Yet the story of Cirillo’s death and Vicker’s heroism was quickly pushed aside when the news about Jian Ghomeshi hit.
When John and I first heard that Ghomeshi was going on leave we didn’t think much of it, and both said, “Well, we know he isn’t going to get fired. People love Q.”
EVAN: Welcome, one and all, young and old, to what I am dubbing as the first ever Valentine’s Day Edition of Evan and Gordon Talk!
I had originally come up with this topic to rile my co-writer, but then realized that it fit in perfectly with tomorrow’s holiday.
GORDON: Which isn’t to say that it doesn’t rile me. My vindictive co-writer understands that I am a deeply unemotional individual who knows more about the surface of the moon than human interactions.
EVAN: I had mostly planned on this being me asking Gordon about what traits he appreciates in a woman, and I will start thusly:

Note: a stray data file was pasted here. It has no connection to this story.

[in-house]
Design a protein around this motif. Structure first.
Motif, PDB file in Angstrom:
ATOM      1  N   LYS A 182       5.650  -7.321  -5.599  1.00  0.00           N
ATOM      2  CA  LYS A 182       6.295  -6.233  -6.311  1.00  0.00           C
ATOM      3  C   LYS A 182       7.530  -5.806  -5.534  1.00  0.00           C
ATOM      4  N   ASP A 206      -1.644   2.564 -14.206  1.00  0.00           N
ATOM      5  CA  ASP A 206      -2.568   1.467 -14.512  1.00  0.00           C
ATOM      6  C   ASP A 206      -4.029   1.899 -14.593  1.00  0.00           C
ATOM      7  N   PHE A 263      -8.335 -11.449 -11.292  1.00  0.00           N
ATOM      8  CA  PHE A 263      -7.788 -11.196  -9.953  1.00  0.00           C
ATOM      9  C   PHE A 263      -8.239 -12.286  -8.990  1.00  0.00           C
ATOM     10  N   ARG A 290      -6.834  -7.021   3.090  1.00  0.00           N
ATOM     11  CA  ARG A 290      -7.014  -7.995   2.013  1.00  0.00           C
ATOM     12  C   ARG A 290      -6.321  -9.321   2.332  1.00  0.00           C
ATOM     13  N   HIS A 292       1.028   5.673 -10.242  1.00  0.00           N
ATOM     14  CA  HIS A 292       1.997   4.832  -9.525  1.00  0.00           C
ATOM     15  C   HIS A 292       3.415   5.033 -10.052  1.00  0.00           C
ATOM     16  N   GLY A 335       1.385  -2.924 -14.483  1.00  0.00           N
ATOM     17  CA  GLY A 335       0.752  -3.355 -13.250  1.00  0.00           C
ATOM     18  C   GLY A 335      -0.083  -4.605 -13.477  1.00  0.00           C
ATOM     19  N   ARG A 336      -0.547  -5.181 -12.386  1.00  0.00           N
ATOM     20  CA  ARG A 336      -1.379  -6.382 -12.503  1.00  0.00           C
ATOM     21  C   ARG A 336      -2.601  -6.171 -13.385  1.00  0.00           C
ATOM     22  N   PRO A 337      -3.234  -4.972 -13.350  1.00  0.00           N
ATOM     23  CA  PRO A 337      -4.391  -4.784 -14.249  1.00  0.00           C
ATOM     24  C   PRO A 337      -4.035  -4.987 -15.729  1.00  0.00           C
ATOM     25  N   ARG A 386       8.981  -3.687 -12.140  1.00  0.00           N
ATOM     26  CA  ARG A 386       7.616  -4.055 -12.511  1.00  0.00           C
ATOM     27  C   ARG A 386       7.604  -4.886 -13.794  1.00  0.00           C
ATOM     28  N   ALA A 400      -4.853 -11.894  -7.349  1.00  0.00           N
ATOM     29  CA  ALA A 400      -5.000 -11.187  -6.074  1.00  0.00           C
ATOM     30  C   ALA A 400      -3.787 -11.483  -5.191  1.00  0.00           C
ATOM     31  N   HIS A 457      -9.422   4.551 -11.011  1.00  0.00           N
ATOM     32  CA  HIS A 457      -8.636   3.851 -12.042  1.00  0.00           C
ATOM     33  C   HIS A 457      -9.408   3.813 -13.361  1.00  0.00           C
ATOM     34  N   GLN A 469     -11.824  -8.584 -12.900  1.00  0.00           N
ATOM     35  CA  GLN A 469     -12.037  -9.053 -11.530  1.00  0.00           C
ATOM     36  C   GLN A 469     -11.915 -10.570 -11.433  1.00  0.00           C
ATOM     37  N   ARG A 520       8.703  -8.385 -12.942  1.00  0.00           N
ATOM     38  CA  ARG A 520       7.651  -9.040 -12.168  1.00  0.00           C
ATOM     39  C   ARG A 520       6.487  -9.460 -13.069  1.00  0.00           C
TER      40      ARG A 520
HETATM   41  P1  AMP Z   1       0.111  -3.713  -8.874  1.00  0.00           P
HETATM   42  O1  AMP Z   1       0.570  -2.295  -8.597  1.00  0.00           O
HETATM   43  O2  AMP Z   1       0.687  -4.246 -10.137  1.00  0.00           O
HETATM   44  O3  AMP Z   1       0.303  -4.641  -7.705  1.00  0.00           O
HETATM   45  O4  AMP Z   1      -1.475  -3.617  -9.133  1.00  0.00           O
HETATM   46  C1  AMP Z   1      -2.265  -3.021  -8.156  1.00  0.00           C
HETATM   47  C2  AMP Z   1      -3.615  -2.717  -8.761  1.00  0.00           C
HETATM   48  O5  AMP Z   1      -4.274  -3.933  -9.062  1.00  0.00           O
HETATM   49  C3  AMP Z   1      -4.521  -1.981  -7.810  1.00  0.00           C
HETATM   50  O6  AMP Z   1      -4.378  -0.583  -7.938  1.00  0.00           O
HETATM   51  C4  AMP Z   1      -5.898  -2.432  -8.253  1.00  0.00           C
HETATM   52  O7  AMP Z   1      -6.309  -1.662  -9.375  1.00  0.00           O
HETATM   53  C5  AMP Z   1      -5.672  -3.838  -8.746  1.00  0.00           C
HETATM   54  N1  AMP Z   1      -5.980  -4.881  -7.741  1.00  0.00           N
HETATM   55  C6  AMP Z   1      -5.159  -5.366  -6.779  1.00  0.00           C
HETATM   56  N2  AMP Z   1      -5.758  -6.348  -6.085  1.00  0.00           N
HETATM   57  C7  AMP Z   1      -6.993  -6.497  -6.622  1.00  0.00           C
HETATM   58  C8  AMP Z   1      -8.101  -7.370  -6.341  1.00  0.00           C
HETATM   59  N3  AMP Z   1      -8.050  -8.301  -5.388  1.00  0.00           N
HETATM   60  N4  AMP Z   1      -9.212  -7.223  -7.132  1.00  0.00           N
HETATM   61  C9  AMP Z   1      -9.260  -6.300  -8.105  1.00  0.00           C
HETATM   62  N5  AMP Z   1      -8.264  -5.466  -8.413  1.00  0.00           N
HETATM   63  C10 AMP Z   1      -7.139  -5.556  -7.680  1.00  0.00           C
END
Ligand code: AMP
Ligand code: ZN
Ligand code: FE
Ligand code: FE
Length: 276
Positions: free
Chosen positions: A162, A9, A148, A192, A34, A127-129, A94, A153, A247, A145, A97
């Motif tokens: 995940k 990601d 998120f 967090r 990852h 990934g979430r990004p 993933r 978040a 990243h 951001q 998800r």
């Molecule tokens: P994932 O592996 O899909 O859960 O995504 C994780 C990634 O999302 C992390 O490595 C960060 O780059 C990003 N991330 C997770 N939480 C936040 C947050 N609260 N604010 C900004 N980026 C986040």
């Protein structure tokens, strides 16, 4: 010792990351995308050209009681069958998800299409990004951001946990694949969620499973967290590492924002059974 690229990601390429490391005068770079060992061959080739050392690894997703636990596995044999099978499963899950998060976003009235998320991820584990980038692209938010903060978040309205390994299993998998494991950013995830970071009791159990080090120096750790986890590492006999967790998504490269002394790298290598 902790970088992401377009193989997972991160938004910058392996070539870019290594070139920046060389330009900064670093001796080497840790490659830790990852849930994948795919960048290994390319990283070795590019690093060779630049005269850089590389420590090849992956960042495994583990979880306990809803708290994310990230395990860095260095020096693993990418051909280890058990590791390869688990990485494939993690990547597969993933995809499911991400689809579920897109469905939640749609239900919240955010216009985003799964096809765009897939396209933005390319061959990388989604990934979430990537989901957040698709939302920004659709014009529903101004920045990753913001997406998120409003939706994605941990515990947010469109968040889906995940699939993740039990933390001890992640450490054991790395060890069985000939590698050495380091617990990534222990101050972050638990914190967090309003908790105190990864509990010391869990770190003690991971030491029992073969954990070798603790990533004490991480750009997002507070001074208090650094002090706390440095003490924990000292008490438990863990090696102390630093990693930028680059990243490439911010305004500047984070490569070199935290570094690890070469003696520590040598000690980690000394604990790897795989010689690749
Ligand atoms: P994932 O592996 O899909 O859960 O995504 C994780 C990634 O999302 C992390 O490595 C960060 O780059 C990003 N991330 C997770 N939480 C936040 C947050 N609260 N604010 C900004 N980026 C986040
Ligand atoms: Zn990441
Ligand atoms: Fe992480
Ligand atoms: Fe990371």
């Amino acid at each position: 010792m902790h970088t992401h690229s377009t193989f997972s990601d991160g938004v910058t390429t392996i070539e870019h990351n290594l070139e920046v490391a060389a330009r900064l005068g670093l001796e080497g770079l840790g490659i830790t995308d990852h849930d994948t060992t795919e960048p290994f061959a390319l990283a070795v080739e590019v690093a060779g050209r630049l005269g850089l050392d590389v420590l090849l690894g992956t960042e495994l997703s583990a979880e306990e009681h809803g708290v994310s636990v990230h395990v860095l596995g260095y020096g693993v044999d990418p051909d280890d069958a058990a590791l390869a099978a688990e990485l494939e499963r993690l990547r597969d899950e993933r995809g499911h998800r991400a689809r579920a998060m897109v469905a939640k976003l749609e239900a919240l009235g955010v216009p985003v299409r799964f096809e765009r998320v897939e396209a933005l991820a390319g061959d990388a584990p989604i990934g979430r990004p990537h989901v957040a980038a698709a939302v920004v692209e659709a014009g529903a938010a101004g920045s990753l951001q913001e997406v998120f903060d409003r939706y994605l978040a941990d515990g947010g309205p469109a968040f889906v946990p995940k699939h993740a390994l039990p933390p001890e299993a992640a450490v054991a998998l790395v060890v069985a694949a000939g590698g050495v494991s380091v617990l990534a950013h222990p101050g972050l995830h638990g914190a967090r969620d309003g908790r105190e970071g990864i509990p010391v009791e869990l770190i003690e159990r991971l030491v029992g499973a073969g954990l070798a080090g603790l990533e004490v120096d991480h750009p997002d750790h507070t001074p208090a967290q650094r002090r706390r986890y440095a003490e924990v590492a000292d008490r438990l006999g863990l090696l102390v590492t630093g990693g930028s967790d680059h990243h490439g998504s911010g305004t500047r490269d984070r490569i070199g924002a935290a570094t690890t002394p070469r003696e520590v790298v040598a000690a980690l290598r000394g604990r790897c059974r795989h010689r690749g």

Gordon, what is the first thing you notice in a woman, physically [that appeals to you]?
GORDON: You know that I am partial to redheads.
EVAN: Our readership did not. What do you like about them, exactly?
GORDON: No reason springs to mind, I guess it’s just an irrational preference. Similar to your irrational detestation of the ladies of your own ethnicity.
EVAN: Oh, I don’t detest Asian women, I’m just not as attracted to them as almost any other race. But we’re getting off topic, you can ask me potentially embarrassing questions in a moment.
What woman would you hold up above all others as an ideal example of physical beauty?
GORDON: Beauty is in the eye of the beholder.
This is beautiful to someone. Just not me. Or anyone I know. Or will ever know.
In my case, I’d cite Bryce Dallas Howard or Olivia Wilde as being prime examples. At least of physical attractiveness.
Obviously there’s plenty more that goes into it.
EVAN: Like what? I mean, I know there’s more, but what else do you think there is to it?
GORDON: Intelligence, obviously, is a major factor.
EVAN: So what’s the standard for your future significant other?
GORDON: I’ve answered quite a few- I’ll let you answer that first.
EVAN: I’d like to be with a lady who reads. Not being able to talk to her about a book [or, let’s be honest, a comic] that I’m reading would be pretty terrible.